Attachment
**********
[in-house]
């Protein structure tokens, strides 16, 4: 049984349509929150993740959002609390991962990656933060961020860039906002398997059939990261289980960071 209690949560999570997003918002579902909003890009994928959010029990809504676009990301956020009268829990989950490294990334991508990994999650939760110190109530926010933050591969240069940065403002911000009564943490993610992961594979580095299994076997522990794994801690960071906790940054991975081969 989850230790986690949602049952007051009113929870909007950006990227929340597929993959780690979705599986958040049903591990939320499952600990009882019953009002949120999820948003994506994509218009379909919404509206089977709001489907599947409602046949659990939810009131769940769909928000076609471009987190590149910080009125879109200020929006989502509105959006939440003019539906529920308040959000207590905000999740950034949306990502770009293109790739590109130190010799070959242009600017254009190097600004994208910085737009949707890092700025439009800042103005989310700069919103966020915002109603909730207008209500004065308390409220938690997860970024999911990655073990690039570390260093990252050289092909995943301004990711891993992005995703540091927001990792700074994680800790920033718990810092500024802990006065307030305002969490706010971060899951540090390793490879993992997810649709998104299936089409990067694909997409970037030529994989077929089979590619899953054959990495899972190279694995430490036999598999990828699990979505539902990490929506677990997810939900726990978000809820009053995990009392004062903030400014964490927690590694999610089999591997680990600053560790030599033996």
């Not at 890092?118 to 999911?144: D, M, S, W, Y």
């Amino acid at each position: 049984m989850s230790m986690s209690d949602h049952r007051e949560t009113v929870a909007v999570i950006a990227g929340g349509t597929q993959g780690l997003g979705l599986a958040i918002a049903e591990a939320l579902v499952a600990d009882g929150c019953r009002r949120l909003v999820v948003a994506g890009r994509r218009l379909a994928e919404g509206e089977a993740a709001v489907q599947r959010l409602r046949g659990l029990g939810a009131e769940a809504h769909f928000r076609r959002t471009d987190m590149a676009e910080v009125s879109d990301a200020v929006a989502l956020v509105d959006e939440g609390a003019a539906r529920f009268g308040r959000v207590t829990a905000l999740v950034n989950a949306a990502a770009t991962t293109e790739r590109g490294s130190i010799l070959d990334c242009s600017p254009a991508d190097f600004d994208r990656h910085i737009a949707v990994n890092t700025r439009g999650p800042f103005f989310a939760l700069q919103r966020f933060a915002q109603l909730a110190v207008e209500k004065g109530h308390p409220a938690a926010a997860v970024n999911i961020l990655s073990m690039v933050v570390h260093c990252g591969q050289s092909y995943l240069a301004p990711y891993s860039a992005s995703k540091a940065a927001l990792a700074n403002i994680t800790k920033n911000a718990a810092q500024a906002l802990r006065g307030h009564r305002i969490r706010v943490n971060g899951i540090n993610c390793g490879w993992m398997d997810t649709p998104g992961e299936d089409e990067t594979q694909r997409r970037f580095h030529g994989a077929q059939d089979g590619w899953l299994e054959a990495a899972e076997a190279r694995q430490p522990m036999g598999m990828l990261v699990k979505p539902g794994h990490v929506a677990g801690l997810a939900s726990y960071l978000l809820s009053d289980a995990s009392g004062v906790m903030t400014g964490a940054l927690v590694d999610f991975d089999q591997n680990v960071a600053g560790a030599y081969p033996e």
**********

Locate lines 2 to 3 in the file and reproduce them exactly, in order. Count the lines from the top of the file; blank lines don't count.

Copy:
């Protein structure tokens, strides 16, 4: 049984349509929150993740959002609390991962990656933060961020860039906002398997059939990261289980960071 209690949560999570997003918002579902909003890009994928959010029990809504676009990301956020009268829990989950490294990334991508990994999650939760110190109530926010933050591969240069940065403002911000009564943490993610992961594979580095299994076997522990794994801690960071906790940054991975081969 989850230790986690949602049952007051009113929870909007950006990227929340597929993959780690979705599986958040049903591990939320499952600990009882019953009002949120999820948003994506994509218009379909919404509206089977709001489907599947409602046949659990939810009131769940769909928000076609471009987190590149910080009125879109200020929006989502509105959006939440003019539906529920308040959000207590905000999740950034949306990502770009293109790739590109130190010799070959242009600017254009190097600004994208910085737009949707890092700025439009800042103005989310700069919103966020915002109603909730207008209500004065308390409220938690997860970024999911990655073990690039570390260093990252050289092909995943301004990711891993992005995703540091927001990792700074994680800790920033718990810092500024802990006065307030305002969490706010971060899951540090390793490879993992997810649709998104299936089409990067694909997409970037030529994989077929089979590619899953054959990495899972190279694995430490036999598999990828699990979505539902990490929506677990997810939900726990978000809820009053995990009392004062903030400014964490927690590694999610089999591997680990600053560790030599033996």
């Not at 890092?118 to 999911?144: D, M, S, W, Y």